Innocence tends to allow one to see a higher truth. Eating the Fruit of the Tree of Knowledge does not necessarily give you greater sight. It merely infects you with a disease that blinds you. It is paradoxical, but often times, ignorance is learned.

The intellectual elite of Bernadette’s time were, for all their learning, ignorant. By their arrogant pride and hubris, by promoting extreme secular ideologies that have no need or want of God, these intellectuals had learned to be stupid. In their willful blindness, they refused to open themselves up to be able to see.

If we too want to see truly, we must seek to emulate the lowly Bernadette, rather than the prideful. We must believe, we must want to believe, in truth. We must have faith in God, rather than faith in ourselves as “gods,” so that we might see with our hearts. When we see with our hearts, which is to say, our souls, as illuminated by the true Light, we are able to see reality as it truly is, we are able to see true beauty, which may not correspond to what our human eyes find aesthetically pleasing. What is repugnant and ugly to our human eyes may be seen to be truly beautiful when viewed with our hearts.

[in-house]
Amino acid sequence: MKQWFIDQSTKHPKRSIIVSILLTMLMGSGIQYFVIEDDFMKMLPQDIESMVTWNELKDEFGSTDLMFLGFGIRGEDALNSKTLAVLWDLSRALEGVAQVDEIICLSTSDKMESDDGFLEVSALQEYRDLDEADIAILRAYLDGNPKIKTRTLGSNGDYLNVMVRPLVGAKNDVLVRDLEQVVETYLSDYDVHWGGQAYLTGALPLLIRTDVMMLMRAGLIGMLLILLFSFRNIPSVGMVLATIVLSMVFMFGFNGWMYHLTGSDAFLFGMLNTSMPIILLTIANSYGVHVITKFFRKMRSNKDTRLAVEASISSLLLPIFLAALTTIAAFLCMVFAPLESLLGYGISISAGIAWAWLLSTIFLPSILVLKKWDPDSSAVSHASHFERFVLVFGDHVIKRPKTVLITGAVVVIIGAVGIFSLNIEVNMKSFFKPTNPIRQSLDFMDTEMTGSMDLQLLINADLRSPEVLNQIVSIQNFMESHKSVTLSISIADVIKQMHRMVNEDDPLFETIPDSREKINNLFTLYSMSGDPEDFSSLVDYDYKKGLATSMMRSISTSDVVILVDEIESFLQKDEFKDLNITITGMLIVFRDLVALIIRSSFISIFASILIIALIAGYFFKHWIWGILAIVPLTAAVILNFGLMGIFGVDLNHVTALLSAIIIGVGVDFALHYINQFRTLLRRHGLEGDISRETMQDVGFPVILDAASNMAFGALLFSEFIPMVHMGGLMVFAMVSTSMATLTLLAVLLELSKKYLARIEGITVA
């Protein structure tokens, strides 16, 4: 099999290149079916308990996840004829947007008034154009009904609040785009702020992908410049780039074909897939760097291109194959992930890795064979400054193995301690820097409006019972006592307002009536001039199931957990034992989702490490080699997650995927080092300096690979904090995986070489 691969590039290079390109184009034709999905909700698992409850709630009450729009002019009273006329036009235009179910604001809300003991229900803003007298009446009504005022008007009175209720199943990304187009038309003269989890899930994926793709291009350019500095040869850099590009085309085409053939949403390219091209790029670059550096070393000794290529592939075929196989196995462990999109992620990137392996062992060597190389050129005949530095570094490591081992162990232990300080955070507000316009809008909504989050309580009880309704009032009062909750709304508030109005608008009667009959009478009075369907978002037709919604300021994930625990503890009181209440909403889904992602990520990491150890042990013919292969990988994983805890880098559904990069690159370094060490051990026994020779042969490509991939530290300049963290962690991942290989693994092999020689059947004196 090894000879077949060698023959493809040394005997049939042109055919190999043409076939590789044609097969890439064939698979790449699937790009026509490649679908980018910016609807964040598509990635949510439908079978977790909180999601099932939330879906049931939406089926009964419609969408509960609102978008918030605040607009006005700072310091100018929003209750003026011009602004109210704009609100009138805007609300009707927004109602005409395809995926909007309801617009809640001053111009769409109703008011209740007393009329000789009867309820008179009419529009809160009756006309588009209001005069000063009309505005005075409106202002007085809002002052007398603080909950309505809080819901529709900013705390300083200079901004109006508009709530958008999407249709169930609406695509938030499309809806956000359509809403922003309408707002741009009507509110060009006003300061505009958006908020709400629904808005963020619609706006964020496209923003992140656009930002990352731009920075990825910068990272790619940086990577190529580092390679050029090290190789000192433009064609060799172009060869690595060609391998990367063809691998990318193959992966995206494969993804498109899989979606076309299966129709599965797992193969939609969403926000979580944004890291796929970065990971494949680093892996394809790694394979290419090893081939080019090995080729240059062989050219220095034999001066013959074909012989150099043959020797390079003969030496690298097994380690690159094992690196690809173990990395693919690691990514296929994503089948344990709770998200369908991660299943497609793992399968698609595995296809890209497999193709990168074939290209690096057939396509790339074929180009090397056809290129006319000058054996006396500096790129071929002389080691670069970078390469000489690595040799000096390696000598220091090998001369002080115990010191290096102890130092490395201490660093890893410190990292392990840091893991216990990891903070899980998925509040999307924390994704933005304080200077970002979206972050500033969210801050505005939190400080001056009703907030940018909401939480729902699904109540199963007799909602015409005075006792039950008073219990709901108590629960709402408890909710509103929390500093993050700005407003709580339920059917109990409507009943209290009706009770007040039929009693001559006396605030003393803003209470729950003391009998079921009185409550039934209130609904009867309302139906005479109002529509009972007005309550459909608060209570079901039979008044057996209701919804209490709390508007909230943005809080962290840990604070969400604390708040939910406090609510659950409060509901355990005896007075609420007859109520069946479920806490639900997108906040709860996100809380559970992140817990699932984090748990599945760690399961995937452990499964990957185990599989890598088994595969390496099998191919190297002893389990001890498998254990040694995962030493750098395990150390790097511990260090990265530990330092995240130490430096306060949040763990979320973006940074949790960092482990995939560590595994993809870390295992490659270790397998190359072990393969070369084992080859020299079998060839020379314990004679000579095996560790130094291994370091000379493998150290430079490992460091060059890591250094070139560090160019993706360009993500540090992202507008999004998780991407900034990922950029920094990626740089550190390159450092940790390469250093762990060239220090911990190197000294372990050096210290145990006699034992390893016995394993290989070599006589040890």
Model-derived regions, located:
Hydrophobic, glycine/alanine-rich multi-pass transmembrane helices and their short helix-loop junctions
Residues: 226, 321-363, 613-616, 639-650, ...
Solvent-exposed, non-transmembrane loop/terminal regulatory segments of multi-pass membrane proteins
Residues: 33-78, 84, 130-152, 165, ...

But being able to see with our hearts is not easy. And it almost certainly cannot be done by our own efforts. We most likely need a little help. But if we at least want to be able to truly see, to be able to see with our hearts, and we seek that help, then we will begin to receive the grace to be able to do so. And the real beauty that we see will be more astounding than we could have ever imagined.

"How blind man is when he refuses to open his heart to the light of faith!"
-- Sister Marie-Bernard Soubirous

Bernadette Reliquary Chapel in the Crypt of the Basilica of the Immaculate Conception

 
 
 

View of Esplanade and Medieval Fortress in Background



The Requests of Our Lady -- Penance and Procession